The majority of Filipinos living and working in Syria have rejected a call by their government to return home amidst mounting violence in the Arab country.
Albert del Rosario, the Philippine foreign secretary, said only about one-tenth of the estimated 10,000 Filipinos in Syria plan to leave. Most of the others are choosing to stay in Syria despite fears that the nation is on the brink of a civil war after nine months of anti-government protests and a brutal crackdown by the state security forces of President Bashar al Assad.
Rosario suggested that many Filipinos would rather live in Syria due to poor job prospects in their native land.
Speaking to reporters in Manila following a visit to Damascus last week, Rosario said he met with two dozen Filipino community leaders and not a single one of them wanted to be repatriated. They choose to stay because of the economic opportunities offered there.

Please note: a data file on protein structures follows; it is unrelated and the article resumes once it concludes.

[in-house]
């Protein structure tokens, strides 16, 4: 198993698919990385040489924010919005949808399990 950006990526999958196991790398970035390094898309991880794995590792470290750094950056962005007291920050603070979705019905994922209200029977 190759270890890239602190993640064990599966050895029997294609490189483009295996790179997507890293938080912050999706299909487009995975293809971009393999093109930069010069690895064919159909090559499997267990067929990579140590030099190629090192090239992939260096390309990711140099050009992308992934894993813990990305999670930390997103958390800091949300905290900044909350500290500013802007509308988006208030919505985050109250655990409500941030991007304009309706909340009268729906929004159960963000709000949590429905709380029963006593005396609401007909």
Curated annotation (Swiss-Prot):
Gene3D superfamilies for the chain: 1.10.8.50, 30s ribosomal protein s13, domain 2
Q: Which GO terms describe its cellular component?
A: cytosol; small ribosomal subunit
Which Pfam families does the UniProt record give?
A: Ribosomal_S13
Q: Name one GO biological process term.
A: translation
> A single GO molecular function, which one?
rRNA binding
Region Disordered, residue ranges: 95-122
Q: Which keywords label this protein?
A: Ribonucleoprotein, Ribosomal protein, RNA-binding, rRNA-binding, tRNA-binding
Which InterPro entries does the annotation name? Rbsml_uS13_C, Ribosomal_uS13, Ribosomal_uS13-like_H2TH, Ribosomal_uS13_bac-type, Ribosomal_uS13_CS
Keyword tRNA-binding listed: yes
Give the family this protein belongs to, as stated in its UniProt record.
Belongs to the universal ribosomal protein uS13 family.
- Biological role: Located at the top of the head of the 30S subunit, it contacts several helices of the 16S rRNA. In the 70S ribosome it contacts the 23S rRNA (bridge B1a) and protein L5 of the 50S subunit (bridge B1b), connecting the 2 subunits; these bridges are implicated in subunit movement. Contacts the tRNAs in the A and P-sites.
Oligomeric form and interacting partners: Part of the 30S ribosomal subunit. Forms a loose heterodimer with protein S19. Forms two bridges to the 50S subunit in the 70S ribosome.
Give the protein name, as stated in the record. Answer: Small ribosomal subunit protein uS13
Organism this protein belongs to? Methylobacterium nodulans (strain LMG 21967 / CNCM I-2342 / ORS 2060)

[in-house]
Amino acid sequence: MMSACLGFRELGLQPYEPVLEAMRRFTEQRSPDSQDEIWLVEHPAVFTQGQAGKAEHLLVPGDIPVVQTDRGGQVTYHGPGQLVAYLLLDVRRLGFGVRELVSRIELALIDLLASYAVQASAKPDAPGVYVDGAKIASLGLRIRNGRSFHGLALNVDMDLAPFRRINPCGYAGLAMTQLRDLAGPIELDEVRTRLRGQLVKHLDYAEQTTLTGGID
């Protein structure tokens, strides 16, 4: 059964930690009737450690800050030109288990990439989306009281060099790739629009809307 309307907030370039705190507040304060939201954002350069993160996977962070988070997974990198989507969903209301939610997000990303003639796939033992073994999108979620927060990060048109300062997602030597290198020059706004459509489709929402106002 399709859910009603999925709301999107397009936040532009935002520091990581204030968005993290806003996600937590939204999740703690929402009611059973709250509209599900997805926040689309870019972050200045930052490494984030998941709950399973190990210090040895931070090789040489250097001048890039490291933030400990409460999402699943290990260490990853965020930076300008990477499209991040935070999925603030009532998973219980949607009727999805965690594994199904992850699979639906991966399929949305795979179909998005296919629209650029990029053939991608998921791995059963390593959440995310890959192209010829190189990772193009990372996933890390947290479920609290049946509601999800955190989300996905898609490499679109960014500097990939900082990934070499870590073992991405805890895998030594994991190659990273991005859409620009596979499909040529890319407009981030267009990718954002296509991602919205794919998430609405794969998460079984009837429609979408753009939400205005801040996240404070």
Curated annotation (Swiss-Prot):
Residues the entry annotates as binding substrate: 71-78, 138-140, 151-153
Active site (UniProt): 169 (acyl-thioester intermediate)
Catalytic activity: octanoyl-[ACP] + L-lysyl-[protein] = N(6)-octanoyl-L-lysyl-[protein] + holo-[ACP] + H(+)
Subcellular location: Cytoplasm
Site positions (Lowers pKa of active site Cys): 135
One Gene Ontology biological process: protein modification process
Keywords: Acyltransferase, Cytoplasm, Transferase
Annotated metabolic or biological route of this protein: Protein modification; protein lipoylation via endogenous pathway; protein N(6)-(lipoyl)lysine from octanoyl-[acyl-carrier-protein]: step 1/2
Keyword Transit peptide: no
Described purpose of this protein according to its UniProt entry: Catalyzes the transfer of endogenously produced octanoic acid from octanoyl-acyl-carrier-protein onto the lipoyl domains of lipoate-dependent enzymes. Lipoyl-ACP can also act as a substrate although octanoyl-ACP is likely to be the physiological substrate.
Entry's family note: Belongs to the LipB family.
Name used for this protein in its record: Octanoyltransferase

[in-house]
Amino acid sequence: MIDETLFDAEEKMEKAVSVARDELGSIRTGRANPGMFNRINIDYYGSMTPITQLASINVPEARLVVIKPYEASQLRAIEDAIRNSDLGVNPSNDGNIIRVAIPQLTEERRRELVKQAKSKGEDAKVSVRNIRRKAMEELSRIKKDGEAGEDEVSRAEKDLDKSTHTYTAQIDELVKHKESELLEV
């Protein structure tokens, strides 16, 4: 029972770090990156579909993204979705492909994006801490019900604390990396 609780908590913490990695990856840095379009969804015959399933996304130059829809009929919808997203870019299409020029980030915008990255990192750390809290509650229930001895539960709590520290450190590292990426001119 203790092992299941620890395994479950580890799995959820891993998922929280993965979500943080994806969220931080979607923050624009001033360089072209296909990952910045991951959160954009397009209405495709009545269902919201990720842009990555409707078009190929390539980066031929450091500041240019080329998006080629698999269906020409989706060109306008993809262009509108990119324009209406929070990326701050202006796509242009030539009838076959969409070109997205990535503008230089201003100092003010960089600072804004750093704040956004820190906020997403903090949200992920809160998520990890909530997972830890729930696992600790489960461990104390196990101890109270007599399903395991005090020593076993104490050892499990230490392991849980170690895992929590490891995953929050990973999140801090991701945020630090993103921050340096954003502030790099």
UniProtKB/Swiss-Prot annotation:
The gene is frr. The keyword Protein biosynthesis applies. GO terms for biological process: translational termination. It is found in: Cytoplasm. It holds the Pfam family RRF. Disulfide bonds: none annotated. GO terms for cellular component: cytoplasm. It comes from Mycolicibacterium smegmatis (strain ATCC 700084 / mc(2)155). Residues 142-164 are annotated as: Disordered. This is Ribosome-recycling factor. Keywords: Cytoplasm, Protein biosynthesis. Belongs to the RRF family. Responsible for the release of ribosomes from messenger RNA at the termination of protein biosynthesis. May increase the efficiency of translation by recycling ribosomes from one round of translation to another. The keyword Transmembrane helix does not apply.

Bloomberg reported that only about 1,000 Filipino workers in Syria have accepted a $4000 offer by Manila to return them to the Philippines.
Many Filipinos are reportedly in Syria illegally and work as household help. Migrant traffickers often are used to get them to the Middle East.
The income generated by Filipino migrants represents a significant chunk of the country’s economy. The central bank estimated that remittances by workers abroad represent about 10 percent of the Philippines $200-billion economy. Such funds from the Middle East climbed by 6.2 percent in the first 10 months last year.
Labor Secretary Rosalinda Baldoz said last year that of the 4-million Filipinos working overseas about half of them are in the Middle East, principally Saudi Arabia.